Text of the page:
The Dos and Don’ts of Controversial Marketing
In one of the most talked-about ads in recent memory, reality star Kendall Jenner walks off a photoshoot to join a crowded protest. The demonstration eventually comes to a halt in front of a line of policemen, so Jenner walks up to an officer and tries to make peace with … a can of Pepsi.
People like to say there’s no such thing as bad publicity. But even though the clip had more than 1.6 million views on YouTube after only a few hours, it generated five times as many downvotes as upvotes. In less than 24 hours, Pepsi pulled the ad and issued an apology.
Less than a month later, Heineken explored somewhat similar territory in an ad—but to rave reviews. In “Worlds Apart,” pairs of strangers were asked to complete an activity together before they found out they had opposing political views. Each pair was then offered the opportunity to sit down and engage in a discussion over a beer or leave. All of them chose to stay and discuss their differences.
The big difference between the ads is how they incorporated a controversial topic. Honesty and self-awareness are two crucial but undervalued aspects of storytelling. Heineken asked regular people to have a discussion over a drink. Pepsi, meanwhile, focused more on the drink itself and used a celebrity spokesperson who doesn’t have any connection to politics. Marketers can learn a lot from both approaches.
Why controversy works
The most effective content gets people talking, which is the innate appeal in something controversial. It’s guaranteed to trigger an emotional response from the audience. People tend to click, read, and share because they have an opinion and want the rest of the world to know about it.
In a 2014 study, researchers Jonah Berger and Zoey Chen analyzed more than 200 articles to see how controversy impacted engagement levels. Their results indicated that low-level controversy encourages engagement, but anything beyond that decreases the likelihood of high engagement.
So how can brands produce something that hits the sweet spot?
The answer to that question is deceptively complex. On a basic level, they need to choose the “right” type of controversy. There are three different ways to approach controversial content effectively.
1. Disprove an easily held assumption
This kind of content often focuses on delivering surprising results. Consider “Hotel Hygiene Exposed,” a campaign created for Travelmath, an online trip calculator. Travelmath set out to answer a key question for consumers planing their next vacation: Which hotel rooms are the dirtiest?
The campaign had the potential to create controversy, particularly from mad hotel owners, but Travelmath understood that customer’s interest in travel transparency would outweigh any backlash. More than 30 samples collected from nine different hotels proved that five-star hotels actually have the most germs, which caught the eye of big-name publishers like AOL, Yahoo, and Today.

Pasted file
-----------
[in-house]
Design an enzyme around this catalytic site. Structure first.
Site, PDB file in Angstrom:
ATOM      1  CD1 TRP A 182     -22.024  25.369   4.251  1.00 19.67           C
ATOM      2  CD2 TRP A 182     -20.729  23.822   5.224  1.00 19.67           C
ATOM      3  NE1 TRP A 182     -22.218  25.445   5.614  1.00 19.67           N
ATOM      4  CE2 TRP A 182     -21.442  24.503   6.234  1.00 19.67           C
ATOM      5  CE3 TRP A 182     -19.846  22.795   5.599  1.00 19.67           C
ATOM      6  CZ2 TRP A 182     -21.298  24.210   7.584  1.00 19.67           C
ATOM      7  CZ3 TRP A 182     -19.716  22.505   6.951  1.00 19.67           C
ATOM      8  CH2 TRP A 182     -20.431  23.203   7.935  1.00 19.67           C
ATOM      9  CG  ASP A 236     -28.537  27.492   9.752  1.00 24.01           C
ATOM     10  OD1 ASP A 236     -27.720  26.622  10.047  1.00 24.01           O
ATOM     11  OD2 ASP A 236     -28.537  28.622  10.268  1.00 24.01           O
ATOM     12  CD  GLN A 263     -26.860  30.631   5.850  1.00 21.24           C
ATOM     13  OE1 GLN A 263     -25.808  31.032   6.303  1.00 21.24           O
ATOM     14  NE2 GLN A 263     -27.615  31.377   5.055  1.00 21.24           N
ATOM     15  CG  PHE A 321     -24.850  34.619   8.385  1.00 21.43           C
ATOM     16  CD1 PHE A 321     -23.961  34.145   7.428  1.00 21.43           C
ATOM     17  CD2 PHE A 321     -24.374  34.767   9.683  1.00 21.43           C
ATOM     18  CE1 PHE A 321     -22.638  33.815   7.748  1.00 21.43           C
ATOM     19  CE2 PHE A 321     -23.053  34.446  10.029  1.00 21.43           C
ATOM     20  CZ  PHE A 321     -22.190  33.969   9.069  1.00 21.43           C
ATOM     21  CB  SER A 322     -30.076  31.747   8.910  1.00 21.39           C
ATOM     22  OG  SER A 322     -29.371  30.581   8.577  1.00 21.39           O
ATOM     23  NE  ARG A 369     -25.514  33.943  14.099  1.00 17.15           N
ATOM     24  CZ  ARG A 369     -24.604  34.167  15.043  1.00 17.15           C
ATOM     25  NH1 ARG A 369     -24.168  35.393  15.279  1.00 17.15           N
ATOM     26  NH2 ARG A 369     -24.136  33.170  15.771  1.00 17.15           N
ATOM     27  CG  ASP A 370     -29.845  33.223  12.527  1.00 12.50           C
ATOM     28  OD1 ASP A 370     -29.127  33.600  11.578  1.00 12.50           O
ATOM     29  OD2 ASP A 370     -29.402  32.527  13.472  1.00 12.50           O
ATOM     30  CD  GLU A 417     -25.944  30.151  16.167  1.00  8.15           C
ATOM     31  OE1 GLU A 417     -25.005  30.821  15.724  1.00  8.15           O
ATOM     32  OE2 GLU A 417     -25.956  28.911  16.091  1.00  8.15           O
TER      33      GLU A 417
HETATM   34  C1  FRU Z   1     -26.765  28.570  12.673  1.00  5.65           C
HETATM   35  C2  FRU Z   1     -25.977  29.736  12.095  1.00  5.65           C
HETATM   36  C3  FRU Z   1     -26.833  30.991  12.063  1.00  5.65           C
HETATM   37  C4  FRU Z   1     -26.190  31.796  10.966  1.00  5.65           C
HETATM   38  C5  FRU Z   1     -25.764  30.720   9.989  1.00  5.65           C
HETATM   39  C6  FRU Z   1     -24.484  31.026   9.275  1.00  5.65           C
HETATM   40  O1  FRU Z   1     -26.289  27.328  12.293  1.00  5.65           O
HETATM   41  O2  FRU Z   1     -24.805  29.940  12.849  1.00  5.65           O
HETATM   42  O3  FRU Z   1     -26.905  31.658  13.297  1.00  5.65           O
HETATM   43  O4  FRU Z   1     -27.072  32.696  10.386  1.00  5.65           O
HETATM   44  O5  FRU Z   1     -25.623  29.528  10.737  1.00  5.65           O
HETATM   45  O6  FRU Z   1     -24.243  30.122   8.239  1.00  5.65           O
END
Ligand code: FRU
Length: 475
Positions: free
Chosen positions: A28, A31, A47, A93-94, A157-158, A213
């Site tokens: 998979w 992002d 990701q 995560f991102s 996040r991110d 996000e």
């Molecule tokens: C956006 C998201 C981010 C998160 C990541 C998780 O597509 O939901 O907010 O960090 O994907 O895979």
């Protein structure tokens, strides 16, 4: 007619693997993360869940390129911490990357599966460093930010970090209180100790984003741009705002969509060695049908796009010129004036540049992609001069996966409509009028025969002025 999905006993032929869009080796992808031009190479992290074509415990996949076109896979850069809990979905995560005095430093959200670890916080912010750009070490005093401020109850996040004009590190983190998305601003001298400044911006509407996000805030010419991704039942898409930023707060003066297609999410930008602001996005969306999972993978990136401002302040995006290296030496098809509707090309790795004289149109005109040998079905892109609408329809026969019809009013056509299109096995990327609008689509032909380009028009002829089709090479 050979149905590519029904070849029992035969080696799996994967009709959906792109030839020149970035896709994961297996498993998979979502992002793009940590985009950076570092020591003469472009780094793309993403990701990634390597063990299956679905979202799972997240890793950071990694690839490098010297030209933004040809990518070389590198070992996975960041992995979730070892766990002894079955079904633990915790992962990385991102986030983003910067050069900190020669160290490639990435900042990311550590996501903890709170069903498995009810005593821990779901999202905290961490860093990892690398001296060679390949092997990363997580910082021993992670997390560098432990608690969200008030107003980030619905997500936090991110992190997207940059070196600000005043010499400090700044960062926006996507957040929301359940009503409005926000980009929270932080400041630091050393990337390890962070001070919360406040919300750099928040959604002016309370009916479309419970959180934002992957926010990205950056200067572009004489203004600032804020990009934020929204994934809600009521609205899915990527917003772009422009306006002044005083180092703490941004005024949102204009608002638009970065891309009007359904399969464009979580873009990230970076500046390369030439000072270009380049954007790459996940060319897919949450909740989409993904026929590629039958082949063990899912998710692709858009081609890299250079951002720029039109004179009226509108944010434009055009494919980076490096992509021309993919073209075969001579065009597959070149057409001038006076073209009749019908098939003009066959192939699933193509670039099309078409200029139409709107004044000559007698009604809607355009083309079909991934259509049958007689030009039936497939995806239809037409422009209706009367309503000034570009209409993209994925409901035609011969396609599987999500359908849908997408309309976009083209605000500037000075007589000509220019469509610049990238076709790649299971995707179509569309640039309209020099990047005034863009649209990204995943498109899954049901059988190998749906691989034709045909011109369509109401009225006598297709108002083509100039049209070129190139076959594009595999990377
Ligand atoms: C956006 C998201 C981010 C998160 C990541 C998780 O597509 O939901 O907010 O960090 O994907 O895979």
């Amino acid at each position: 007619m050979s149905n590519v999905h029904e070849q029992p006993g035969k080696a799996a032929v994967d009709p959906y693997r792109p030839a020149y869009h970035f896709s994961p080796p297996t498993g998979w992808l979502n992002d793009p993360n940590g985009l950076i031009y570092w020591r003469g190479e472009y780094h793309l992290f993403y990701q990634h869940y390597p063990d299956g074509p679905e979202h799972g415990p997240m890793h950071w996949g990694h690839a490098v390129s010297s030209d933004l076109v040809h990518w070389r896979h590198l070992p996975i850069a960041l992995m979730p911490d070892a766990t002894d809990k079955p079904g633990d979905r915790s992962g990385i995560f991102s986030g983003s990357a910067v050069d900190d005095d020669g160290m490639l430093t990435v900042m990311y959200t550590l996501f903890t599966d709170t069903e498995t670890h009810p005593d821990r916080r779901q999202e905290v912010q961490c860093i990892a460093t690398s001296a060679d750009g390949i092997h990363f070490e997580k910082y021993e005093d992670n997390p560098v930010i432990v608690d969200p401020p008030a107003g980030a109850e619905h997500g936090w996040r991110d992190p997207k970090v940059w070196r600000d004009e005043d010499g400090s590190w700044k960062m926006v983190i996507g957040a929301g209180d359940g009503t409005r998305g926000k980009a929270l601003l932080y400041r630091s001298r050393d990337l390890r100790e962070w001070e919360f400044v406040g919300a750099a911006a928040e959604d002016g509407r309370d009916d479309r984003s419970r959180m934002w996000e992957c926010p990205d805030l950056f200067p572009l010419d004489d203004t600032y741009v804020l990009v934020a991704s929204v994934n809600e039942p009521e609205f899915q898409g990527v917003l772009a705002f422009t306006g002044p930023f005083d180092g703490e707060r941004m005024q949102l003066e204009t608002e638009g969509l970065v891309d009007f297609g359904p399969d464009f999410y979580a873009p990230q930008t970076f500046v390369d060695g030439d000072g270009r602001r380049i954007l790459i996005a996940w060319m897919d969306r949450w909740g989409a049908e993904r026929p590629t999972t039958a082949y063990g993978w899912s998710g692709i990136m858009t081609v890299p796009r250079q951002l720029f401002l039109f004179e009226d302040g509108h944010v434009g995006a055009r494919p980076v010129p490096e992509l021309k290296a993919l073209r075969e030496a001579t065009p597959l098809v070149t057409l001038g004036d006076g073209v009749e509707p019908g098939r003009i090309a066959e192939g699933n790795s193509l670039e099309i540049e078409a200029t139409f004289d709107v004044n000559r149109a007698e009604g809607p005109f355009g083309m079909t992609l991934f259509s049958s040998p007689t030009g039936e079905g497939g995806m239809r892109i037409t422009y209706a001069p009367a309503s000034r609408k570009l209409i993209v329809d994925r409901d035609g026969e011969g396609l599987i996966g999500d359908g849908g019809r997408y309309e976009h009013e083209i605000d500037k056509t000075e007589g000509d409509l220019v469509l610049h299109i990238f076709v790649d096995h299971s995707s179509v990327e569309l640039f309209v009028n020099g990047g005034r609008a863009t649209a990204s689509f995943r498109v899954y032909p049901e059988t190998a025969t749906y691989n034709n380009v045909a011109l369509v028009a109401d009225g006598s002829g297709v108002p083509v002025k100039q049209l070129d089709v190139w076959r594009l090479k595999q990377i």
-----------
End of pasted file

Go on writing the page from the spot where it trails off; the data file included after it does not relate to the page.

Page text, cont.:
2. Pull the curtain back on something taboo
This kind of content focuses on a topic that isn’t often discussed publicly. There is arguably no brand doing this better than the team at Poo-Pourri. They’ve built their brand on taboo content, with videos like “Imagine Where You Can Go” that generate millions of YouTube views and plenty of positive feedback.
3. Ignite a debate
This content presents data from both sides of an argument and allows viewers to discuss and draw their own conclusions. For example, this campaign for ABODO—a platform used to locate apartments—takes a closer look at values and tolerance across America through a unique lens: Twitter.
To educate apartment-hunters interested in learning more about their potential neighbors, the brand scraped more than 12 million tweets and revealed which areas use the most prejudiced and derogatory language across the country. This prompted an online discussion that led to more than 620 earned media placements and 67,000 social shares.
How to minimize backlash
Even with all of these success stories, it’s hard to shake off visions of torch-wielding internet trolls. The most effective controversial campaigns have built-in safety nets. And there are things all marketers should consider before pushing the envelope.
Going in with a hidden agenda is usually a red flag. All marketing is supposed to lead to revenue, either directly or indirectly, but people don’t respond kindly to anything too self-serving. This is especially true for polarizing content. If we think back to Pepsi, the premise of Kendall Jenner’s ad had the potential to succeed, but it emphasized the product too much rather than encouraging a discussion between two groups. The premise of “Pepsi will solve police-community relationships” is a much harder pill to swallow than an experiment that shows people working together, sponsored by Heineken.
Although you can’t guarantee how audiences will respond to controversy, brands interested in pursuing polarizing content should use the past as a blueprint for what works and what leads to bad publicity. When done right, controversial content comes off as both unexpected and emotional—two essential elements in highly shareable content. Controversy is the route less traveled for a reason, but as long as your content encourages a respectful discussion, the risk can pay off in a big way.